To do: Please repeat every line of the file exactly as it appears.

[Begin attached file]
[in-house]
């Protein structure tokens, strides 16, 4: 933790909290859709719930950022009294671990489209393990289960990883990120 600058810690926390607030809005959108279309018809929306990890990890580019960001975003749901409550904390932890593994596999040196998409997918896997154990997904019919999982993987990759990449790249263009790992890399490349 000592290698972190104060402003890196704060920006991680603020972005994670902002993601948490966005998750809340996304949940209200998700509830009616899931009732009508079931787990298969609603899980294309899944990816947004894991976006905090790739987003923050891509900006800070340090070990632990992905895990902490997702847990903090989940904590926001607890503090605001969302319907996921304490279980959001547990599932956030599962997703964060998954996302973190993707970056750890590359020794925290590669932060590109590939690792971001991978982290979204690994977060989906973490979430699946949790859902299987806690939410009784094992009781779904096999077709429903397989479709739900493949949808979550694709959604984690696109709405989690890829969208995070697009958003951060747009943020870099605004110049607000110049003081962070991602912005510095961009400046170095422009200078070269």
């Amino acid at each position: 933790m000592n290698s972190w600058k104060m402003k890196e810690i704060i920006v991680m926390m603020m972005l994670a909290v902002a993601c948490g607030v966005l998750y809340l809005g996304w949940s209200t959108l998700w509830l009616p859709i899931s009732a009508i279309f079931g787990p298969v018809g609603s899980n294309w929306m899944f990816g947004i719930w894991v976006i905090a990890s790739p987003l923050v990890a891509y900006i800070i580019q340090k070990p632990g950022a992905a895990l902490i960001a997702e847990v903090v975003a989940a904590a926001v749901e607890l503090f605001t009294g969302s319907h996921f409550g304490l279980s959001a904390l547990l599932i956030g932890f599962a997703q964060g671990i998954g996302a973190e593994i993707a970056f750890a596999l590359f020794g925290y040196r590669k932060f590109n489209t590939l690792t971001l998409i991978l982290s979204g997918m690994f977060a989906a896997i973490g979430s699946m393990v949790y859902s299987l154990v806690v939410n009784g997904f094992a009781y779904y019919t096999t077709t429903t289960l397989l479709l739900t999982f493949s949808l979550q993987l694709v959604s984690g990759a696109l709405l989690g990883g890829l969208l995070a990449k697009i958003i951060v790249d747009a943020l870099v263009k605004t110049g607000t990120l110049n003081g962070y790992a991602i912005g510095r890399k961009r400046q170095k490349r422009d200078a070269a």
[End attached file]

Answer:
[in-house]
């Protein structure tokens, strides 16, 4: 933790909290859709719930950022009294671990489209393990289960990883990120 600058810690926390607030809005959108279309018809929306990890990890580019960001975003749901409550904390932890593994596999040196998409997918896997154990997904019919999982993987990759990449790249263009790992890399490349 000592290698972190104060402003890196704060920006991680603020972005994670902002993601948490966005998750809340996304949940209200998700509830009616899931009732009508079931787990298969609603899980294309899944990816947004894991976006905090790739987003923050891509900006800070340090070990632990992905895990902490997702847990903090989940904590926001607890503090605001969302319907996921304490279980959001547990599932956030599962997703964060998954996302973190993707970056750890590359020794925290590669932060590109590939690792971001991978982290979204690994977060989906973490979430699946949790859902299987806690939410009784094992009781779904096999077709429903397989479709739900493949949808979550694709959604984690696109709405989690890829969208995070697009958003951060747009943020870099605004110049607000110049003081962070991602912005510095961009400046170095422009200078070269």
């Amino acid at each position: 933790m000592n290698s972190w600058k104060m402003k890196e810690i704060i920006v991680m926390m603020m972005l994670a909290v902002a993601c948490g607030v966005l998750y809340l809005g996304w949940s209200t959108l998700w509830l009616p859709i899931s009732a009508i279309f079931g787990p298969v018809g609603s899980n294309w929306m899944f990816g947004i719930w894991v976006i905090a990890s790739p987003l923050v990890a891509y900006i800070i580019q340090k070990p632990g950022a992905a895990l902490i960001a997702e847990v903090v975003a989940a904590a926001v749901e607890l503090f605001t009294g969302s319907h996921f409550g304490l279980s959001a904390l547990l599932i956030g932890f599962a997703q964060g671990i998954g996302a973190e593994i993707a970056f750890a596999l590359f020794g925290y040196r590669k932060f590109n489209t590939l690792t971001l998409i991978l982290s979204g997918m690994f977060a989906a896997i973490g979430s699946m393990v949790y859902s299987l154990v806690v939410n009784g997904f094992a009781y779904y019919t096999t077709t429903t289960l397989l479709l739900t999982f493949s949808l979550q993987l694709v959604s984690g990759a696109l709405l989690g990883g890829l969208l995070a990449k697009i958003i951060v790249d747009a943020l870099v263009k605004t110049g607000t990120l110049n003081g962070y790992a991602i912005g510095r890399k961009r400046q170095k490349r422009d200078a070269a």